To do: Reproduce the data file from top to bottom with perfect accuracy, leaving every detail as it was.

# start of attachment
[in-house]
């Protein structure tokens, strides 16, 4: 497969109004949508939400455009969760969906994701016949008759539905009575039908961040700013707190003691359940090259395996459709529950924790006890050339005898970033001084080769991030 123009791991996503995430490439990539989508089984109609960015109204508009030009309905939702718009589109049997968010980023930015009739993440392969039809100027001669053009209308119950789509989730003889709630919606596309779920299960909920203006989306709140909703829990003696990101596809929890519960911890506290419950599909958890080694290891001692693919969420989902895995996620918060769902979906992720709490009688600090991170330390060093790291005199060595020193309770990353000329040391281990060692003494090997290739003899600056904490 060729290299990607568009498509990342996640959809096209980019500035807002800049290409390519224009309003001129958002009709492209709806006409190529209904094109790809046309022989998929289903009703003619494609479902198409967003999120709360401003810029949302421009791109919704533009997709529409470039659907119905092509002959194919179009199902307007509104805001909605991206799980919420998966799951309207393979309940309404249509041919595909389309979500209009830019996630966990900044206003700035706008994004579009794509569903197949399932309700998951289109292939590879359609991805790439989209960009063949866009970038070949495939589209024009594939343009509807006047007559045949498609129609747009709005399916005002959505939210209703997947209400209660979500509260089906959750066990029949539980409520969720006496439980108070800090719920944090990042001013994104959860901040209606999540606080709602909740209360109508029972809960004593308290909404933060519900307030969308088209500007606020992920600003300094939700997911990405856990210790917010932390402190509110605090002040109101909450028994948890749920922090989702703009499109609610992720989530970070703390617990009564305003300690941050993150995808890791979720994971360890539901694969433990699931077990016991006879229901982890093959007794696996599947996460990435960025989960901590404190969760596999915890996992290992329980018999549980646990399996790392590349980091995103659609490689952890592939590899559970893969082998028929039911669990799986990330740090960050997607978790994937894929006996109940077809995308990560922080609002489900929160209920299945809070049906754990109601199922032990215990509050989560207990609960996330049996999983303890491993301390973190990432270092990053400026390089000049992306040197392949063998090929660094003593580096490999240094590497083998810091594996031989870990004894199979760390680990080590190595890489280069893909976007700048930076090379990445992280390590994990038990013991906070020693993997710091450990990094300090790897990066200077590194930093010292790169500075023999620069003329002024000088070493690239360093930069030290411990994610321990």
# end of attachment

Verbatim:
[in-house]
């Protein structure tokens, strides 16, 4: 497969109004949508939400455009969760969906994701016949008759539905009575039908961040700013707190003691359940090259395996459709529950924790006890050339005898970033001084080769991030 123009791991996503995430490439990539989508089984109609960015109204508009030009309905939702718009589109049997968010980023930015009739993440392969039809100027001669053009209308119950789509989730003889709630919606596309779920299960909920203006989306709140909703829990003696990101596809929890519960911890506290419950599909958890080694290891001692693919969420989902895995996620918060769902979906992720709490009688600090991170330390060093790291005199060595020193309770990353000329040391281990060692003494090997290739003899600056904490 060729290299990607568009498509990342996640959809096209980019500035807002800049290409390519224009309003001129958002009709492209709806006409190529209904094109790809046309022989998929289903009703003619494609479902198409967003999120709360401003810029949302421009791109919704533009997709529409470039659907119905092509002959194919179009199902307007509104805001909605991206799980919420998966799951309207393979309940309404249509041919595909389309979500209009830019996630966990900044206003700035706008994004579009794509569903197949399932309700998951289109292939590879359609991805790439989209960009063949866009970038070949495939589209024009594939343009509807006047007559045949498609129609747009709005399916005002959505939210209703997947209400209660979500509260089906959750066990029949539980409520969720006496439980108070800090719920944090990042001013994104959860901040209606999540606080709602909740209360109508029972809960004593308290909404933060519900307030969308088209500007606020992920600003300094939700997911990405856990210790917010932390402190509110605090002040109101909450028994948890749920922090989702703009499109609610992720989530970070703390617990009564305003300690941050993150995808890791979720994971360890539901694969433990699931077990016991006879229901982890093959007794696996599947996460990435960025989960901590404190969760596999915890996992290992329980018999549980646990399996790392590349980091995103659609490689952890592939590899559970893969082998028929039911669990799986990330740090960050997607978790994937894929006996109940077809995308990560922080609002489900929160209920299945809070049906754990109601199922032990215990509050989560207990609960996330049996999983303890491993301390973190990432270092990053400026390089000049992306040197392949063998090929660094003593580096490999240094590497083998810091594996031989870990004894199979760390680990080590190595890489280069893909976007700048930076090379990445992280390590994990038990013991906070020693993997710091450990990094300090790897990066200077590194930093010292790169500075023999620069003329002024000088070493690239360093930069030290411990994610321990």